My favourite part was Holyrood Abbey, which was founded in 1128 by King David I and was in use until the 18th century when it was abandoned. Much of its structure is still standing although the roof has mostly collapsed (not cool when it is raining, which is what happened to me). There are some old tombstones that have been weathered down so I couldn’t read names or dates.
MARY KING'S CLOSE
Old town Edinburgh originally had one main street, the Royal Mile, and alleyways that ran north and south. These alleyways, also called ‘close’, were usually named after a prominent person who lived along the close or after a successful business. A close would typically be narrow with tall buildings on either side. Most of these closes were eventually demolished and/or built on top of.
Mary King’s Close is one of many in Edinburgh and you can explore it by paying for a guided tour. I thought it was quite expensive for an hour long tour, but it was neat going underground and walking through tunnels that were once alleyways to tall buildings in the medieval period. The tour gets you a guide who talks about the history of the close and Mary King, access to the close as well as other smaller ones, and into apartments that were used for centuries by people. Mary King’s Close is also well known for being haunted, and although there was only one scary story told on the tour, they also do haunted tours year round.
If you don’t want to pay to see this close, there are many other closes that are open to the public and connect to streets from the Royal Mile. Most, if not all, have signs at the entrance so you know when you enter a close.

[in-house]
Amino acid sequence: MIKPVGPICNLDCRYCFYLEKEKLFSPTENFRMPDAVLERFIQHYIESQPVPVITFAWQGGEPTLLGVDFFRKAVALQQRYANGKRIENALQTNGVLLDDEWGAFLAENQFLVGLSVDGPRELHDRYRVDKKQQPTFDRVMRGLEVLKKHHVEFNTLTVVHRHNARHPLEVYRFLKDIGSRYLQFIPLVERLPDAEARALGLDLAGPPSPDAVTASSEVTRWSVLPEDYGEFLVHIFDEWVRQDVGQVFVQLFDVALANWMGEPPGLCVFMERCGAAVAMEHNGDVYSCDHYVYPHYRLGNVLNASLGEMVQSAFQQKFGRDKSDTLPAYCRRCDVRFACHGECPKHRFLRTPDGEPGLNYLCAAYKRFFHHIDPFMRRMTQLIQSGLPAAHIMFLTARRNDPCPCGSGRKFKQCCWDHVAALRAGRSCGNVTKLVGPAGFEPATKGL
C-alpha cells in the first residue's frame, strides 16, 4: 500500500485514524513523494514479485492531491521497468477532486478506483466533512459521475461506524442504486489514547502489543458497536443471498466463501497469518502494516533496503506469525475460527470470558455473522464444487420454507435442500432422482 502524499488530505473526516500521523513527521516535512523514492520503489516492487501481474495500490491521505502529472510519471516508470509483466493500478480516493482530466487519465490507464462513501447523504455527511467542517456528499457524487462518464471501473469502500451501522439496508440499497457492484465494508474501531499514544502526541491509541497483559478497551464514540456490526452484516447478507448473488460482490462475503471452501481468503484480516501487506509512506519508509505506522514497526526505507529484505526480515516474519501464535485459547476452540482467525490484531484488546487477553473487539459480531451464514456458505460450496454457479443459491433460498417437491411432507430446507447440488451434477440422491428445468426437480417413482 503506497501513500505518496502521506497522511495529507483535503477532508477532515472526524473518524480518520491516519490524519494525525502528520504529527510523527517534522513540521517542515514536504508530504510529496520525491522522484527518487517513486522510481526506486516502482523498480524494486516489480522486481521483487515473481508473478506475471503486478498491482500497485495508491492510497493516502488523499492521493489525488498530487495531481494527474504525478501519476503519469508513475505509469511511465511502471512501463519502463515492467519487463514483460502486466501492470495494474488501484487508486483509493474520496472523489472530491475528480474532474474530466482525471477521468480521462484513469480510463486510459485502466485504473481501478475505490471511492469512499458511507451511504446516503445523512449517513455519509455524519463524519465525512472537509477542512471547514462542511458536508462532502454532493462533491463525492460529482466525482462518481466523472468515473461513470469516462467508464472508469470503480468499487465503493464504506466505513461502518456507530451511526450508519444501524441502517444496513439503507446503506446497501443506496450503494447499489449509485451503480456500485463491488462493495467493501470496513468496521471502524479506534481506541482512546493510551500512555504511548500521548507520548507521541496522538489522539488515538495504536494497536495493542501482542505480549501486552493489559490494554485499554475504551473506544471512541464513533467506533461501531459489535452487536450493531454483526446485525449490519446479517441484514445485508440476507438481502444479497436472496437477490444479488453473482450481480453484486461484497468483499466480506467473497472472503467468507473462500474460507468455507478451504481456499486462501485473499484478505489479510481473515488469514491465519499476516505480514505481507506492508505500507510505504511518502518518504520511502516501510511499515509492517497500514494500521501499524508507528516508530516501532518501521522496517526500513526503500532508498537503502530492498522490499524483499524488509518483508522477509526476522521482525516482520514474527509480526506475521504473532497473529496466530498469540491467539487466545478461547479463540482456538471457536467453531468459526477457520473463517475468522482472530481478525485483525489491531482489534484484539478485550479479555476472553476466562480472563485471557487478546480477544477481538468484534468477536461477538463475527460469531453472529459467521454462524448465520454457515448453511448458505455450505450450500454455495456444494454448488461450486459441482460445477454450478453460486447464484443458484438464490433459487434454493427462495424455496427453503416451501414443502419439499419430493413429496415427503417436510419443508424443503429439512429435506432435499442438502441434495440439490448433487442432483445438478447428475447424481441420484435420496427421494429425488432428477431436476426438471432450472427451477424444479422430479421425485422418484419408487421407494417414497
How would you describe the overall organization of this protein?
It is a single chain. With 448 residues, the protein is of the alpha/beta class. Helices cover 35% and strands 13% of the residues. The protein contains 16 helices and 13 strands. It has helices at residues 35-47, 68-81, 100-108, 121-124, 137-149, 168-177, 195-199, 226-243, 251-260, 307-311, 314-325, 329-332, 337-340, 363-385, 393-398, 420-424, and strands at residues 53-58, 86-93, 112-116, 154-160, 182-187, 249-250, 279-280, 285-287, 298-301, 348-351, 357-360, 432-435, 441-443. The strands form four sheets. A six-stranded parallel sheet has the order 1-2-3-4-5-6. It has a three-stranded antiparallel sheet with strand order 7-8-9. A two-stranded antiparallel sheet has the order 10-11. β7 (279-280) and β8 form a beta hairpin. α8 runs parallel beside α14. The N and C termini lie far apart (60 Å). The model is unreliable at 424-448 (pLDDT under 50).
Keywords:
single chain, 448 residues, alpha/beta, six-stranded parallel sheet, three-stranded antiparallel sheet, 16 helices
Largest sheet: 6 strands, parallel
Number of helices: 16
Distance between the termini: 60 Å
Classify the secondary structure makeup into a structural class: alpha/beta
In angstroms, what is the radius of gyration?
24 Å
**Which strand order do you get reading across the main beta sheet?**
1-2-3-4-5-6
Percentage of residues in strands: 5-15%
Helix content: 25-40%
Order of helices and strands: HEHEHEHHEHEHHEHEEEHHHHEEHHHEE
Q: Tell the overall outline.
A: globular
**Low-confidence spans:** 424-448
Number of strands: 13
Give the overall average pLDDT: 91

CALTON HILL & ARTHUR'S SEAT
The unfinished parthenon at the top of Calton Hill
Calton Hill is personally my favourite spot for a view of the city. Arthur’s Seat may have offered an even better view, but I didn’t get an opportunity to go there so who knows. Calton Hill is within walking distance of the city centre and involves a steep climb up to the top. Totally worth it though for the view as well as the structures at the top of the hill. The most recognizable one is the National Monument of Scotland, an unfinished parthenon which was inspired by the parthenon in Athens. Construction started in 1826, however due to lack of funds it was never completed. Since then it has been given a few nicknames, most notably “Edinburgh’s Disgrace.”
Arthur's Seat and Salisbury Crag in the background
Arthur’s Seat is a dormant volcano in Edinburgh that you can hike up to. There is also Salisbury Crag which separates Arthur’s Seat from the city centre. Although I didn’t get a chance to go up myself, I have seen some pictures with stunning views of Edinburgh and the surrounding area.
Where do I even begin with food. Edinburgh is a multicultural city, so you can find food from all cultures. I went to a many places, including The Elephant House, which is where J.K. Rowling spent much of her time writing Harry Potter. The Elephant House was fairly busy, so I unfortunately left after waiting a few minutes in line. I was too hungry to wait. I ended up going to George IV bar, which was a block away. The bar is large and they have friendly staff...but do not get their mac and cheese. I found it to be too dry and tasteless. I also went to Rabbie's Cafe one morning, which is where Rabbie's tours depart from (post on this coming next). They had affordable breakfast sandwiches and drinks. I tried a sausage roll, which I had never tried before. SO GOOD.
Two full days is certainly not enough to explore Edinburgh. I did not have time to visit the Scott Monument, Arthur’s Seat, The University of Edinburgh, and explore new town. But this just means I have to go back for another visit :)
Have you been to Edinburgh? What is your favourite spot or place to eat? Also, if anyone is visiting or living in Edinburgh please mail me some Bruadar Liqueur. Thanks a bunch!